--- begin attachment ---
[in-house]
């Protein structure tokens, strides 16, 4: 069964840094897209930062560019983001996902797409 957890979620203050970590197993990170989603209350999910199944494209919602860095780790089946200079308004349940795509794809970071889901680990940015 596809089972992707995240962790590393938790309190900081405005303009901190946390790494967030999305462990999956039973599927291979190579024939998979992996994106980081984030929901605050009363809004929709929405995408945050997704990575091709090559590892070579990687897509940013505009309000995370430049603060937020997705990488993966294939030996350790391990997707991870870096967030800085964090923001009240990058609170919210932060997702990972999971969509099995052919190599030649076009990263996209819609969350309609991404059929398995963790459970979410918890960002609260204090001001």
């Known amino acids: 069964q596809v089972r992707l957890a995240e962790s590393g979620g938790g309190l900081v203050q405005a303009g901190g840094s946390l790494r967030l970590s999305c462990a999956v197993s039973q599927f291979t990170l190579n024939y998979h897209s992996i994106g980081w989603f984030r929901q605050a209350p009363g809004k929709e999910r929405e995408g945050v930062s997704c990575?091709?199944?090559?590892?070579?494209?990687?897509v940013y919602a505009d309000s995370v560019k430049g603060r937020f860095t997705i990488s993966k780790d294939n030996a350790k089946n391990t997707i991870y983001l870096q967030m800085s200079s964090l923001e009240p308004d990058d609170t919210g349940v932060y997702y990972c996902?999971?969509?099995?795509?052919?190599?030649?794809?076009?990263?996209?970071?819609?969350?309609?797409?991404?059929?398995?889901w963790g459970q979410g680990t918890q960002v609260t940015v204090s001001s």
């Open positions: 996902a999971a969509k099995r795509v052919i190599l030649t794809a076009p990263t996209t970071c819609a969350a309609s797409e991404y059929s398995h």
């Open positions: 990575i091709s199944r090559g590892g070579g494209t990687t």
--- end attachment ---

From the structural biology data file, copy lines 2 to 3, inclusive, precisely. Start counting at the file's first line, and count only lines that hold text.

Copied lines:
């Protein structure tokens, strides 16, 4: 069964840094897209930062560019983001996902797409 957890979620203050970590197993990170989603209350999910199944494209919602860095780790089946200079308004349940795509794809970071889901680990940015 596809089972992707995240962790590393938790309190900081405005303009901190946390790494967030999305462990999956039973599927291979190579024939998979992996994106980081984030929901605050009363809004929709929405995408945050997704990575091709090559590892070579990687897509940013505009309000995370430049603060937020997705990488993966294939030996350790391990997707991870870096967030800085964090923001009240990058609170919210932060997702990972999971969509099995052919190599030649076009990263996209819609969350309609991404059929398995963790459970979410918890960002609260204090001001």
């Known amino acids: 069964q596809v089972r992707l957890a995240e962790s590393g979620g938790g309190l900081v203050q405005a303009g901190g840094s946390l790494r967030l970590s999305c462990a999956v197993s039973q599927f291979t990170l190579n024939y998979h897209s992996i994106g980081w989603f984030r929901q605050a209350p009363g809004k929709e999910r929405e995408g945050v930062s997704c990575?091709?199944?090559?590892?070579?494209?990687?897509v940013y919602a505009d309000s995370v560019k430049g603060r937020f860095t997705i990488s993966k780790d294939n030996a350790k089946n391990t997707i991870y983001l870096q967030m800085s200079s964090l923001e009240p308004d990058d609170t919210g349940v932060y997702y990972c996902?999971?969509?099995?795509?052919?190599?030649?794809?076009?990263?996209?970071?819609?969350?309609?797409?991404?059929?398995?889901w963790g459970q979410g680990t918890q960002v609260t940015v204090s001001s």